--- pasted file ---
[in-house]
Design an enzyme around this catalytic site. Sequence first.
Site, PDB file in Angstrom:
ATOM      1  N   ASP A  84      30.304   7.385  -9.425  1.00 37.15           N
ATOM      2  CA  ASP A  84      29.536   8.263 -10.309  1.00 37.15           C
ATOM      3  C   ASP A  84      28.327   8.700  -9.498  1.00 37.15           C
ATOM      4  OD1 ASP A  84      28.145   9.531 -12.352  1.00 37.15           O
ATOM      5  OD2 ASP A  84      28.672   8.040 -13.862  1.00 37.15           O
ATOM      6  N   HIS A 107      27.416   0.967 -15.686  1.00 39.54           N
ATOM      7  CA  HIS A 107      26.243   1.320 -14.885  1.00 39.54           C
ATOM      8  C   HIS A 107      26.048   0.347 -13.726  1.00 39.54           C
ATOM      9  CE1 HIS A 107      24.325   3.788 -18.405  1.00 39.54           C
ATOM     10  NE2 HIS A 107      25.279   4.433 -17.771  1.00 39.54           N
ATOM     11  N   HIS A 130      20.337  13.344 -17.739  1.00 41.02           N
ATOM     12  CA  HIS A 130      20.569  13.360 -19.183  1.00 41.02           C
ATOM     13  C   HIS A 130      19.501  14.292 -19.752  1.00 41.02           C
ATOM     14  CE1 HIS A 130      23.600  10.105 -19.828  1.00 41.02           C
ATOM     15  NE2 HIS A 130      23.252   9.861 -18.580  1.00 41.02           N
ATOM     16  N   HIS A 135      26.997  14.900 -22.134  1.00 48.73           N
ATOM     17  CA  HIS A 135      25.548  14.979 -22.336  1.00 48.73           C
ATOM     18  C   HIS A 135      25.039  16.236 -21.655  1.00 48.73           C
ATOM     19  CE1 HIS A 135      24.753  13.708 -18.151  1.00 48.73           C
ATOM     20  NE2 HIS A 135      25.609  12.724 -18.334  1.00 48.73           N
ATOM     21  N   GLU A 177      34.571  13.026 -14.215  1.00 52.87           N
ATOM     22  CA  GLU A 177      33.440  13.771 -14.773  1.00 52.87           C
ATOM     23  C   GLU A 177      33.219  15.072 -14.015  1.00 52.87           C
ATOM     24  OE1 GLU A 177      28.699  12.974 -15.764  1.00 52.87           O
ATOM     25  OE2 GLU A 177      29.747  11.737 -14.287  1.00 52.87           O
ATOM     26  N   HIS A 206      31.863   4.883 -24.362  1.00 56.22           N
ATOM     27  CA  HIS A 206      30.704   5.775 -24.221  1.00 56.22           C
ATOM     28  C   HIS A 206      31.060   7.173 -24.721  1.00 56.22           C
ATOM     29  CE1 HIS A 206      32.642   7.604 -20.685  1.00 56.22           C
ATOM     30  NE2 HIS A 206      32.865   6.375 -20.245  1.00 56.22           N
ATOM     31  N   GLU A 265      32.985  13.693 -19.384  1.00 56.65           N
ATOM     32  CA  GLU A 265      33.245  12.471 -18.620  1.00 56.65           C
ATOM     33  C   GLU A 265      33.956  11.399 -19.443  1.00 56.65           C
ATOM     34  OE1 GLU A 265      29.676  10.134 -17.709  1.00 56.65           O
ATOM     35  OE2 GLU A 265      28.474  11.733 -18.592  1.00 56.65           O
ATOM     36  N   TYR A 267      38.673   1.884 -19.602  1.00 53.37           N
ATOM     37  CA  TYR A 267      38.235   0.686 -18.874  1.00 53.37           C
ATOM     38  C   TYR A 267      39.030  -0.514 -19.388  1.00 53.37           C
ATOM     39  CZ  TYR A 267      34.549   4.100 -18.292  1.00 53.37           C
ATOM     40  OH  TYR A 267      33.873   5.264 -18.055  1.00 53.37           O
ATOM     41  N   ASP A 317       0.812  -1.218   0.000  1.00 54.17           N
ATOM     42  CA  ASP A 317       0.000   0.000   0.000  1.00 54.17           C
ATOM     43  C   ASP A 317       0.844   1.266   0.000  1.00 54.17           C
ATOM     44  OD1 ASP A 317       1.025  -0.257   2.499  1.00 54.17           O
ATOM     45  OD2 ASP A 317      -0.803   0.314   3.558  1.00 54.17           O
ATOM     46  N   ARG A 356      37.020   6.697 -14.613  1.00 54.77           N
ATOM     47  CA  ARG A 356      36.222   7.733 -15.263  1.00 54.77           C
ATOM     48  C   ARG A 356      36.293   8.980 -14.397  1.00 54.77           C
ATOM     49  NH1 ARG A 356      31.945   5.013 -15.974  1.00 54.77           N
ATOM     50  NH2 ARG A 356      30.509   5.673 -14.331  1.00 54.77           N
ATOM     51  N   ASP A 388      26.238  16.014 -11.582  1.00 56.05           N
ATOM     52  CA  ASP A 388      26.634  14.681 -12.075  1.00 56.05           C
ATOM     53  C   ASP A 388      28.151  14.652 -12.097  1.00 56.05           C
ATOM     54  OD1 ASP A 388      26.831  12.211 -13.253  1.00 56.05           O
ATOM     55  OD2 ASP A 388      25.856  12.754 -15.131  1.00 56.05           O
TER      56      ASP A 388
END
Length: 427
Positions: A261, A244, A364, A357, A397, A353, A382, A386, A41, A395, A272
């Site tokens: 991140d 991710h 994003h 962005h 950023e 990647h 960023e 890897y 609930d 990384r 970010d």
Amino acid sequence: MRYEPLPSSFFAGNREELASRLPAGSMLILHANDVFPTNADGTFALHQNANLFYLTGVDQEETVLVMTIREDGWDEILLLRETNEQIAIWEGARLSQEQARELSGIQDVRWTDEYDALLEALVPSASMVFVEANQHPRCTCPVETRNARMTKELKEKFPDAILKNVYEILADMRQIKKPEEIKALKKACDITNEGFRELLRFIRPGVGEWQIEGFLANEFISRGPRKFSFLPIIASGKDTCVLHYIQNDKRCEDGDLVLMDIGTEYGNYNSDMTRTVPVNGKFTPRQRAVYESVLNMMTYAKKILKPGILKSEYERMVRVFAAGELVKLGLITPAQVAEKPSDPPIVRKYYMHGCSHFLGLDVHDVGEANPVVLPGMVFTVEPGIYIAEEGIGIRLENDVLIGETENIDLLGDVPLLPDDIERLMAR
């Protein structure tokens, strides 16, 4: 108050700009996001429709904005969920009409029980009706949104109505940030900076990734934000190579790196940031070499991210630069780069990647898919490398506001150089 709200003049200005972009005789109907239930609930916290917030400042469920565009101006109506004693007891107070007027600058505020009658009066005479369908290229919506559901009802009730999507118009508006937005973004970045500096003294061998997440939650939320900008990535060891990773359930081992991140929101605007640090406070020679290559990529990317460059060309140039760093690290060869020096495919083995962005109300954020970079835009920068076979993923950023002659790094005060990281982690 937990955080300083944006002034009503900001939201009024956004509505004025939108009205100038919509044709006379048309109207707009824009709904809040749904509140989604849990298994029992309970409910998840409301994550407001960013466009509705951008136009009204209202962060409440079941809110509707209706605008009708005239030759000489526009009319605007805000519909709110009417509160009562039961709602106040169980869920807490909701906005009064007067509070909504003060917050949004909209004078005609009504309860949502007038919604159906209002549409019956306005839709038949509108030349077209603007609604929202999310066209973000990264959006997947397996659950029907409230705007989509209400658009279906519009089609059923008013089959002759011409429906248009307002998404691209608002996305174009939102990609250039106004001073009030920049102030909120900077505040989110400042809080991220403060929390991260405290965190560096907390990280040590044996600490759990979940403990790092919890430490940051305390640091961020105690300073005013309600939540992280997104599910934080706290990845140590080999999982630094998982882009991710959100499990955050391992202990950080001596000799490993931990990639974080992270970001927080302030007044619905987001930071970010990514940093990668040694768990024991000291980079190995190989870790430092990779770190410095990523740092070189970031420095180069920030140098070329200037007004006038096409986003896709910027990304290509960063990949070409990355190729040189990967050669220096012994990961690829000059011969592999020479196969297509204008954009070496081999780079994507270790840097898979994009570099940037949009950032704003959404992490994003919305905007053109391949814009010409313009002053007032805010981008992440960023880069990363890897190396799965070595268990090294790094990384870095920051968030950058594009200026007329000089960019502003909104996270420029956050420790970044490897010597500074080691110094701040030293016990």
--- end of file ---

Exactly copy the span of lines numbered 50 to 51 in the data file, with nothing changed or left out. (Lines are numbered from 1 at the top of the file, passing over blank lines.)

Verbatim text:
ATOM     47  CA  ARG A 356      36.222   7.733 -15.263  1.00 54.77           C
ATOM     48  C   ARG A 356      36.293   8.980 -14.397  1.00 54.77           C